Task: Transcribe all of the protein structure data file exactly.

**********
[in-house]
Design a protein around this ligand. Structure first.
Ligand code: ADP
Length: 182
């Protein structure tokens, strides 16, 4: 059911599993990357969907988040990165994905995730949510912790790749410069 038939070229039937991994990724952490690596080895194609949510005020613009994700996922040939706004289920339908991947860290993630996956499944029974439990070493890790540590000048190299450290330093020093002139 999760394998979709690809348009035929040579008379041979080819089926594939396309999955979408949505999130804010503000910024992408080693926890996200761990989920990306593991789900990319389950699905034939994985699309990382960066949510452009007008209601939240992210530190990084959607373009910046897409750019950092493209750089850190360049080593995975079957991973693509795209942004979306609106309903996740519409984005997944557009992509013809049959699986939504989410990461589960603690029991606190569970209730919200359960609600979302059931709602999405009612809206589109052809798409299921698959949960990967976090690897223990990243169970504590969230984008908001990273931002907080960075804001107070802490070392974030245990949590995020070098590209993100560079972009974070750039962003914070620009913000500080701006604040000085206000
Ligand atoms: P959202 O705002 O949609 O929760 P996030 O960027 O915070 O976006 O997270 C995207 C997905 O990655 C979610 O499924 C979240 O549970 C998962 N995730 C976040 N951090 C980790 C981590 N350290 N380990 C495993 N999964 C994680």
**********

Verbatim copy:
[in-house]
Design a protein around this ligand. Structure first.
Ligand code: ADP
Length: 182
């Protein structure tokens, strides 16, 4: 059911599993990357969907988040990165994905995730949510912790790749410069 038939070229039937991994990724952490690596080895194609949510005020613009994700996922040939706004289920339908991947860290993630996956499944029974439990070493890790540590000048190299450290330093020093002139 999760394998979709690809348009035929040579008379041979080819089926594939396309999955979408949505999130804010503000910024992408080693926890996200761990989920990306593991789900990319389950699905034939994985699309990382960066949510452009007008209601939240992210530190990084959607373009910046897409750019950092493209750089850190360049080593995975079957991973693509795209942004979306609106309903996740519409984005997944557009992509013809049959699986939504989410990461589960603690029991606190569970209730919200359960609600979302059931709602999405009612809206589109052809798409299921698959949960990967976090690897223990990243169970504590969230984008908001990273931002907080960075804001107070802490070392974030245990949590995020070098590209993100560079972009974070750039962003914070620009913000500080701006604040000085206000
Ligand atoms: P959202 O705002 O949609 O929760 P996030 O960027 O915070 O976006 O997270 C995207 C997905 O990655 C979610 O499924 C979240 O549970 C998962 N995730 C976040 N951090 C980790 C981590 N350290 N380990 C495993 N999964 C994680």